Overview

Inclusion and accessibility

This section outlines principles and techniques to ensure our content is easy to understand and inclusive of everyone’s lived experiences.

Plain language

You should always write in a way that helps people find what they need quickly and understand it quickly. Plain language makes it easy for new and existing users to understand your products and can reach a wider audience.

Plain language has also been proven to increase customer compliance, reduce complaints and errors, improve sales, and reduce costs. Learn more about the business benefits of plain language.

Why use plain language?

  • Accessibility: Plain language is required under the Web Content Accessibility Guidelines (WCAG). It helps users with comprehension as well as secondary language and cognitive challenges. Plain language also makes it easier for assistive technology to parse information correctly.
  • Search Engine Optimization (SEO): Plain language uses the words and phrases that people actually use when searching for content.
  • Online reading: People spend less time reading online content and tend to scan it instead of reading linearly. They’re less likely to drop off when content is easily found and understood.
  • Mobile devices: Plain language can reduce the space content needs so it more easily fits on smaller surfaces. It also helps to group content so it’s easier to navigate in-app.

Plain language principles and techniques

Use everyday words

Common, simple words and phrases help with accessibility and SEO, and are more easily understood by readers who don’t speak English as their first language. Everyday words are also generally shorter, so they take up less space on mobile devices.

Do
Don’t

Help

Assistance

Get

Access

Get rid of

Eliminate

Help

Facilitate

Ask

Request

Need

Require

To

In order to

If

In the event that

About

In regard to

Pay

Make a payment

Use active voice instead of passive voice

Active sentences are shorter and more straightforward than passive ones. They are more easily understood by ESL speakers and easier to remember by people relying on screen readers and memory. While there are times when the passive voice is appropriate, a quick way to shorten and simplify a sentence is to switch from passive to active voice.

Our Grammar and mechanics section has more information on active voice and passive voice construction.

Avoid hidden verbs

Hidden verbs are verbs that have been turned into a noun. This construction leads to more passive, indirect sentences. Hidden verbs also use more words and make sentences longer than they should be. When writing or proofreading your content, think about whether a noun construction could really be simplified into a verb.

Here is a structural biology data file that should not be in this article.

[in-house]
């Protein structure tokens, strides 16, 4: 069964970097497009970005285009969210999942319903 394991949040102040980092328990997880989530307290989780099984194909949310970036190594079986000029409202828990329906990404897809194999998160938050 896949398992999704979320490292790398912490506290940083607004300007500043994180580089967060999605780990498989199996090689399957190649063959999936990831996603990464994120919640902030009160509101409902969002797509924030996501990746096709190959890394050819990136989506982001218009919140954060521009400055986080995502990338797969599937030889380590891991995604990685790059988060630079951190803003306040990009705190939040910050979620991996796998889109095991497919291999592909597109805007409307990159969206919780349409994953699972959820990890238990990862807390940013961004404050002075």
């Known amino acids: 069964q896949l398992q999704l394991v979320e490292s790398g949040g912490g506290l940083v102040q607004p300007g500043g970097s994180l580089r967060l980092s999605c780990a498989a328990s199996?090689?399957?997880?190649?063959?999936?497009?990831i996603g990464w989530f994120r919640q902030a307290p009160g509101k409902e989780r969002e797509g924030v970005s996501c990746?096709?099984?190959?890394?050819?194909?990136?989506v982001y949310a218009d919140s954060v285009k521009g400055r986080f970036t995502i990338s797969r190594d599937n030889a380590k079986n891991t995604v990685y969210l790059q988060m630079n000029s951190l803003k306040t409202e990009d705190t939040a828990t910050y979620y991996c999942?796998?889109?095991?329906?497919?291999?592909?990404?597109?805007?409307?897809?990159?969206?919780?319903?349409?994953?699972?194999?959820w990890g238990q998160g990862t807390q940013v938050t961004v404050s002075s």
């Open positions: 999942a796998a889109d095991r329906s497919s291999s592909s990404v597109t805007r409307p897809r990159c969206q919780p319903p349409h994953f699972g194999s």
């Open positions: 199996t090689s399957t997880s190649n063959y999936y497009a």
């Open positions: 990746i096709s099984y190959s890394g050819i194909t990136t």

Do
Don’t

Except for

With the exception of

Applies to

Is applicable to

Review

Leave a review

Stay in the present (tense)

Keep your content conversational by writing in the present tense. Present tense is both simple and direct, and is the easiest way to communicate information or instructions that users need to act on. While context matters, writing in future or conditional tenses are more confusing for users or require more time to understand.

Write like you talk

When you write content in a conversational way, it sounds natural. Think about how to explain or describe something if you had to say it out loud — this is usually a good approach to ensuring your writing is conversational.

Address your audience with “you”

Using names or third-person pronouns like “he” or “she” can be confusing for users when they want to understand instructions or important information. To keep things simple, address the audience as “you”. When you directly address your users, they’re able to visualize and relate to the content.

Keep it short

When your writing is concise, it’s easier for your audience to read and understand your message. Keeping it short is all about numbers; follow these recommended limits:

  • Word length: no more than 3 syllables. If it’s longer than 3 syllables, try a shorter word.
  • Sentence length: No more than 25 words. If you find you’re using too much punctuation such as commas or semicolons, make smaller sentences instead.
  • Paragraph length: No more than 150 words. If your content is getting too long, try a list or table to keep it concise.

Use contractions (but avoid negatives)

Contractions keep content simple and direct. Since they are commonly used, contractions are also good for accessibility.